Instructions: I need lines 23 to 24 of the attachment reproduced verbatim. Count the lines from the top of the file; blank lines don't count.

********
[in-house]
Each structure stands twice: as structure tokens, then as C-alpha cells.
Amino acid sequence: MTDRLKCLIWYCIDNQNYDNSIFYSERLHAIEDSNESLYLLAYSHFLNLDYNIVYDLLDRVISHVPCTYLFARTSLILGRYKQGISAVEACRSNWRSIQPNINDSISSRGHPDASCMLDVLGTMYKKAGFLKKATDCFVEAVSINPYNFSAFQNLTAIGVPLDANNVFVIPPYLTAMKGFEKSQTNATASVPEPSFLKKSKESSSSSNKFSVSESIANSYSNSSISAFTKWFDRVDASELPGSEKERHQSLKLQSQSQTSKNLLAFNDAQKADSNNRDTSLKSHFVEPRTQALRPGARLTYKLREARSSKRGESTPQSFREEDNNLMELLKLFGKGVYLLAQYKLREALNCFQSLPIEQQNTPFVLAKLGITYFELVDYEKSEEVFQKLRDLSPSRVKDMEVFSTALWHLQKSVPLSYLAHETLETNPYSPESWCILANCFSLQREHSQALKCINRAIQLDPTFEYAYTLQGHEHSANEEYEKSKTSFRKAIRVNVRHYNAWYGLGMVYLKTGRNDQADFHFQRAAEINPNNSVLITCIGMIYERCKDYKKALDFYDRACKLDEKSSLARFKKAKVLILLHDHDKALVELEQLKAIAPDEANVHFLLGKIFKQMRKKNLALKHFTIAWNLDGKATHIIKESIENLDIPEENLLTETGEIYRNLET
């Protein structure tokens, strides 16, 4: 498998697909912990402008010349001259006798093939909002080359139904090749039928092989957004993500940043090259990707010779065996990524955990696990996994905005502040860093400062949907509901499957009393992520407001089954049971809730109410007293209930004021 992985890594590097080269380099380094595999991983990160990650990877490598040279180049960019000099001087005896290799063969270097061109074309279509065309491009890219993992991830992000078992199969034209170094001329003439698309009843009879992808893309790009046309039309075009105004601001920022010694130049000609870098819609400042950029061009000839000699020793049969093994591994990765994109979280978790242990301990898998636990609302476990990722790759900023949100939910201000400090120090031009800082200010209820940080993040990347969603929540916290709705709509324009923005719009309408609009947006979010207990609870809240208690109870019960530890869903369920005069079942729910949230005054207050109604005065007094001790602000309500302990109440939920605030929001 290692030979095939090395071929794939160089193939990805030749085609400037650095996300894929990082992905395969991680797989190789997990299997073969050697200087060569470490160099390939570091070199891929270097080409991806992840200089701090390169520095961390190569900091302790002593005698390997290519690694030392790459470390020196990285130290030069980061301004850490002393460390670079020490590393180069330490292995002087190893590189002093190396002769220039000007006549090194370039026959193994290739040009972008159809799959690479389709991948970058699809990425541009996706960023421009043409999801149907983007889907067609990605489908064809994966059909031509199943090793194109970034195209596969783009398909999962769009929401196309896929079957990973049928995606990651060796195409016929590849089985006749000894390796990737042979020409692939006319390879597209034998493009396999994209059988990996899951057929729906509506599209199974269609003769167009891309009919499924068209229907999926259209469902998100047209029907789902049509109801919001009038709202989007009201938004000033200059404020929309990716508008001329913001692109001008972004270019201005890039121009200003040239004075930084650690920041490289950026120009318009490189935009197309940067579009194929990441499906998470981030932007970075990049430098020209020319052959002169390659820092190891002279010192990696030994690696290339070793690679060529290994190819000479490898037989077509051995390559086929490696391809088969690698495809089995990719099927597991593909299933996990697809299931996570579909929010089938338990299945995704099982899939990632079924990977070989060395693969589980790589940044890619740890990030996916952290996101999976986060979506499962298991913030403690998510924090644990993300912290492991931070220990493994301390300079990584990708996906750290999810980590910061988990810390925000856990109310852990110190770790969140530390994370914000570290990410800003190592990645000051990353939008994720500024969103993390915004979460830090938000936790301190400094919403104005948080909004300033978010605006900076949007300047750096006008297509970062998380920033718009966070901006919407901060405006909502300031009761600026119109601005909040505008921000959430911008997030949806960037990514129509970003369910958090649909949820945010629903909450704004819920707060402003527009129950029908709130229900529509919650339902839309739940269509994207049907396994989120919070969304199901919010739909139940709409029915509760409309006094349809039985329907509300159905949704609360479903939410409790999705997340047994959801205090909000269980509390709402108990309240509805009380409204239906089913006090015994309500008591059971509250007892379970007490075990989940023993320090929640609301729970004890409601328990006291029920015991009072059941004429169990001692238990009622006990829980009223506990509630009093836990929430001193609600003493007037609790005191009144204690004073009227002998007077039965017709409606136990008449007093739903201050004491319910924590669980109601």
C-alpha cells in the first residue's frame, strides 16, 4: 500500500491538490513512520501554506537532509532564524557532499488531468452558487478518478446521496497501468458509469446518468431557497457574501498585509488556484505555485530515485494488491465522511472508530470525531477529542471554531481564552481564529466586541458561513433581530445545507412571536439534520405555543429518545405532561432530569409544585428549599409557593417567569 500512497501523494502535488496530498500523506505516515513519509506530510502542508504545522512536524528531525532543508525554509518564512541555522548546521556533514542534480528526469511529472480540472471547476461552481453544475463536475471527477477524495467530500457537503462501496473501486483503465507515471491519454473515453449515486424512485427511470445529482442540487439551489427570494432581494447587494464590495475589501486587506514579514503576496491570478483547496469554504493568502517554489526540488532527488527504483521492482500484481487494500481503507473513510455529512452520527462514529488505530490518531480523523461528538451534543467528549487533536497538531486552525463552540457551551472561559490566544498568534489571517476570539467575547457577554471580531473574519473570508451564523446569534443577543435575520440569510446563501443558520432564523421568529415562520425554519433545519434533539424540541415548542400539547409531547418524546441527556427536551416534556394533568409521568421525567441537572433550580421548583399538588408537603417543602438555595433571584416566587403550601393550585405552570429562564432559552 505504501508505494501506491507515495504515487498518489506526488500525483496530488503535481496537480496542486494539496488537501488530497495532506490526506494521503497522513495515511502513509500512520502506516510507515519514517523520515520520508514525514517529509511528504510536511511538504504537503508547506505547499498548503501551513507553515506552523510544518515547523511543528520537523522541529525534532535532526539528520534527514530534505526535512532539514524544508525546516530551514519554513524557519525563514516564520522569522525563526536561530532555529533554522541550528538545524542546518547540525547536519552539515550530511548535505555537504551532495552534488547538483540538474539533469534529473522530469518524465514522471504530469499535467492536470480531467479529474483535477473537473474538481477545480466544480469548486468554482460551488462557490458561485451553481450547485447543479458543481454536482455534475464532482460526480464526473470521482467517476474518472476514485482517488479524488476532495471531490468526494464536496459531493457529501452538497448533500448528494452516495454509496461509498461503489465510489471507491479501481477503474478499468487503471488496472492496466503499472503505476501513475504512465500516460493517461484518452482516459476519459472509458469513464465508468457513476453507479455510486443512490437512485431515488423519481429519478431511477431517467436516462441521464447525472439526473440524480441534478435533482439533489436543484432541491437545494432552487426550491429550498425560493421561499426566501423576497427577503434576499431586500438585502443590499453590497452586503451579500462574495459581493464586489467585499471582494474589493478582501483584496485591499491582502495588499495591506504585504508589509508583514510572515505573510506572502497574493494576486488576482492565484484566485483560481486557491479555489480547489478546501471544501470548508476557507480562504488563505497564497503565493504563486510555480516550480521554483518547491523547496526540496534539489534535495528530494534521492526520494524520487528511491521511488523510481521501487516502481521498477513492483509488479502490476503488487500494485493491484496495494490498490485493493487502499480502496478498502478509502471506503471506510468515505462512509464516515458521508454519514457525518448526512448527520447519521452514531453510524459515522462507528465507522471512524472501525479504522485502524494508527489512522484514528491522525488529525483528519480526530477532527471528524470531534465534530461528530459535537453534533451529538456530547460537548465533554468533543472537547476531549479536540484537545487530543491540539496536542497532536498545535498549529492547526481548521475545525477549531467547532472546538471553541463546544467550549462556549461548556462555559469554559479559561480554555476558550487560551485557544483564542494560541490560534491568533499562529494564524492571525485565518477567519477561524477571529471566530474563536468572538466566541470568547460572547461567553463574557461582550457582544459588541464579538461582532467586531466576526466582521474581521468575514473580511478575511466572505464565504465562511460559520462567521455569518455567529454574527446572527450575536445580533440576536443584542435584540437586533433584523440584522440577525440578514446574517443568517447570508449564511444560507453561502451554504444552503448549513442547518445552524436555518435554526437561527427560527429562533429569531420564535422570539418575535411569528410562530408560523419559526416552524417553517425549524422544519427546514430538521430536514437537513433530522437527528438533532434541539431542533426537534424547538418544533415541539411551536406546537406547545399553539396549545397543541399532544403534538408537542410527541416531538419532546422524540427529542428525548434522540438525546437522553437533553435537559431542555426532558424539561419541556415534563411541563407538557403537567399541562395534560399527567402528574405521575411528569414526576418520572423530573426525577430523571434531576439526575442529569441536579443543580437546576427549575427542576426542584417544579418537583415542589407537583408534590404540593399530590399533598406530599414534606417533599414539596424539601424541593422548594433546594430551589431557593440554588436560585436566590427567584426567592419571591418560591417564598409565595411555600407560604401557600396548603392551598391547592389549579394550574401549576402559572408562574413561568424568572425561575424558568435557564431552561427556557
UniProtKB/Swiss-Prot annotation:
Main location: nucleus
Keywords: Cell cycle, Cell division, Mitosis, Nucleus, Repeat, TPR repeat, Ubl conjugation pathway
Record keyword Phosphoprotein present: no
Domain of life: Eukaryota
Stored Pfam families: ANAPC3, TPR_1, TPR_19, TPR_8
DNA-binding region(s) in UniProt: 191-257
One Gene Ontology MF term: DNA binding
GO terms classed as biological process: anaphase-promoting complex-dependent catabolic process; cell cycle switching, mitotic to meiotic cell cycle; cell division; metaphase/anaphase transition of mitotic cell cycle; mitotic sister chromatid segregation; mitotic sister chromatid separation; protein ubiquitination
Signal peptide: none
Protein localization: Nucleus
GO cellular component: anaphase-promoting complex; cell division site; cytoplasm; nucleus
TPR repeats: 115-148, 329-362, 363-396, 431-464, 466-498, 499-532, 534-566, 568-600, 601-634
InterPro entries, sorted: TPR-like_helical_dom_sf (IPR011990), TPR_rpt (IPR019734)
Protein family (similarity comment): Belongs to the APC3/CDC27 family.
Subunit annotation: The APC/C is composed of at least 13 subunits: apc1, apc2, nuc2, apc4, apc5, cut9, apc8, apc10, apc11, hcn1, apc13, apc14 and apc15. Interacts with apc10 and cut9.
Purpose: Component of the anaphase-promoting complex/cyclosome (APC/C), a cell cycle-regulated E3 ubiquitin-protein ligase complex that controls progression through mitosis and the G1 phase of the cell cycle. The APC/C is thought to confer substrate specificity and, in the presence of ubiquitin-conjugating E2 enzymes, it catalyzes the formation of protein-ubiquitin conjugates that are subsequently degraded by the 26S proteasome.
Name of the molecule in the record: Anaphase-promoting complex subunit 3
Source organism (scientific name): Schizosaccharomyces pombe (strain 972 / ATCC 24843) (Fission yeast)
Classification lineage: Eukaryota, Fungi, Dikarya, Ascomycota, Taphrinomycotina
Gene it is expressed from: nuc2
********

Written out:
Name of the molecule in the record: Anaphase-promoting complex subunit 3
Source organism (scientific name): Schizosaccharomyces pombe (strain 972 / ATCC 24843) (Fission yeast)